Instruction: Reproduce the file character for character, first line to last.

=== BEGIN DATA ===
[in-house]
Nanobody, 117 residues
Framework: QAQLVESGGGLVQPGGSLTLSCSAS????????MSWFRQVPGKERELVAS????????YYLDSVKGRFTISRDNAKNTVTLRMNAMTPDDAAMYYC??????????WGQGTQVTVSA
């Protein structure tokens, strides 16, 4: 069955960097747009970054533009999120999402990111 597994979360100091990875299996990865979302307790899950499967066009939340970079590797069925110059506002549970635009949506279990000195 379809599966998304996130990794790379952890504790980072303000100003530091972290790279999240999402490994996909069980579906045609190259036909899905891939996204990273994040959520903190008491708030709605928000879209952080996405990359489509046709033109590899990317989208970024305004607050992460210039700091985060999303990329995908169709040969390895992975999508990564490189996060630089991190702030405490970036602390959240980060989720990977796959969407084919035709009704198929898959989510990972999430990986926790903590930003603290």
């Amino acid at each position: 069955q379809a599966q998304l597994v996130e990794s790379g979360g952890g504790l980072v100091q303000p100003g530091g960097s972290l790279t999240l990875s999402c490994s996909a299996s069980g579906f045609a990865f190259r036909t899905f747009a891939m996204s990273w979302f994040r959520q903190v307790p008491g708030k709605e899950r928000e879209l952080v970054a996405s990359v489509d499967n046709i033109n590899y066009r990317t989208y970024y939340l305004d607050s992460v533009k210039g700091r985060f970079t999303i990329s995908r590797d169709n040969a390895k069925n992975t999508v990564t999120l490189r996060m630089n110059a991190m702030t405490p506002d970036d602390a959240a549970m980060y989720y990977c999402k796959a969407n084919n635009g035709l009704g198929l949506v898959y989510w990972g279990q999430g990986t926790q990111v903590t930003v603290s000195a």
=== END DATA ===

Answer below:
[in-house]
Nanobody, 117 residues
Framework: QAQLVESGGGLVQPGGSLTLSCSAS????????MSWFRQVPGKERELVAS????????YYLDSVKGRFTISRDNAKNTVTLRMNAMTPDDAAMYYC??????????WGQGTQVTVSA
């Protein structure tokens, strides 16, 4: 069955960097747009970054533009999120999402990111 597994979360100091990875299996990865979302307790899950499967066009939340970079590797069925110059506002549970635009949506279990000195 379809599966998304996130990794790379952890504790980072303000100003530091972290790279999240999402490994996909069980579906045609190259036909899905891939996204990273994040959520903190008491708030709605928000879209952080996405990359489509046709033109590899990317989208970024305004607050992460210039700091985060999303990329995908169709040969390895992975999508990564490189996060630089991190702030405490970036602390959240980060989720990977796959969407084919035709009704198929898959989510990972999430990986926790903590930003603290």
């Amino acid at each position: 069955q379809a599966q998304l597994v996130e990794s790379g979360g952890g504790l980072v100091q303000p100003g530091g960097s972290l790279t999240l990875s999402c490994s996909a299996s069980g579906f045609a990865f190259r036909t899905f747009a891939m996204s990273w979302f994040r959520q903190v307790p008491g708030k709605e899950r928000e879209l952080v970054a996405s990359v489509d499967n046709i033109n590899y066009r990317t989208y970024y939340l305004d607050s992460v533009k210039g700091r985060f970079t999303i990329s995908r590797d169709n040969a390895k069925n992975t999508v990564t999120l490189r996060m630089n110059a991190m702030t405490p506002d970036d602390a959240a549970m980060y989720y990977c999402k796959a969407n084919n635009g035709l009704g198929l949506v898959y989510w990972g279990q999430g990986t926790q990111v903590t930003v603290s000195a």